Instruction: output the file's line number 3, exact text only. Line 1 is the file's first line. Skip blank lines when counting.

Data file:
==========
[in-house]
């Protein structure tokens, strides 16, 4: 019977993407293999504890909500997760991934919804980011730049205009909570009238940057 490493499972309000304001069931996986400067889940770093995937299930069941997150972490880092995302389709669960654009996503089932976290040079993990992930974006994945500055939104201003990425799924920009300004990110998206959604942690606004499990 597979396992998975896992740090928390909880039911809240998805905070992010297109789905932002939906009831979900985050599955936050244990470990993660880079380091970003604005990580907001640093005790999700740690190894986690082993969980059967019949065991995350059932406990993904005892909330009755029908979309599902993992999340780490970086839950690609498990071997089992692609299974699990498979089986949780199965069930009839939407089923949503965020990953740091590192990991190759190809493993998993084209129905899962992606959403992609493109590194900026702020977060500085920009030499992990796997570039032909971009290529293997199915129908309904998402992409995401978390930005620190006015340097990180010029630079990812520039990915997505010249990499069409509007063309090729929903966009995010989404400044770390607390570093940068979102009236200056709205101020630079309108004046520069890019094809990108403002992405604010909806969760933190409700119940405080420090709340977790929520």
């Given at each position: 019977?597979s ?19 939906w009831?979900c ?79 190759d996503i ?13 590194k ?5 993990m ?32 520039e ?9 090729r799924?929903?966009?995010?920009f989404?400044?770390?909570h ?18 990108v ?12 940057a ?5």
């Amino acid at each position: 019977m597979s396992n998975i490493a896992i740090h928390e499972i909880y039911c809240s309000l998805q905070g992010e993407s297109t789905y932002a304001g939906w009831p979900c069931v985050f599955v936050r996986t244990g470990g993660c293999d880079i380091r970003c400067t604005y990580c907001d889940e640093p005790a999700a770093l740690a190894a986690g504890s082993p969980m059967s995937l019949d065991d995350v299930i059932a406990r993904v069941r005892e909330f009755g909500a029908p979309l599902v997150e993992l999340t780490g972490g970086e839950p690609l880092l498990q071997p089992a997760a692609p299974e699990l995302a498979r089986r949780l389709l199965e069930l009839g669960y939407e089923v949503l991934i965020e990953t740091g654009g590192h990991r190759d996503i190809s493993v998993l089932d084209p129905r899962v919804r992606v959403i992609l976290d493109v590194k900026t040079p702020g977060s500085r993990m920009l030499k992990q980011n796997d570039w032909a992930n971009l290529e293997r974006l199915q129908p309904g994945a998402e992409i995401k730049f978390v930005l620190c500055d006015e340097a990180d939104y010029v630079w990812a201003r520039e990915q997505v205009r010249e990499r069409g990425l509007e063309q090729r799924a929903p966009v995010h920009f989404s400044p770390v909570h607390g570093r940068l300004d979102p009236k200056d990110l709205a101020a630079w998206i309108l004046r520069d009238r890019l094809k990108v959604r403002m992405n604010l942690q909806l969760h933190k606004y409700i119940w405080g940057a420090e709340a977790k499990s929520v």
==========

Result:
């Given at each position: 019977?597979s ?19 939906w009831?979900c ?79 190759d996503i ?13 590194k ?5 993990m ?32 520039e ?9 090729r799924?929903?966009?995010?920009f989404?400044?770390?909570h ?18 990108v ?12 940057a ?5």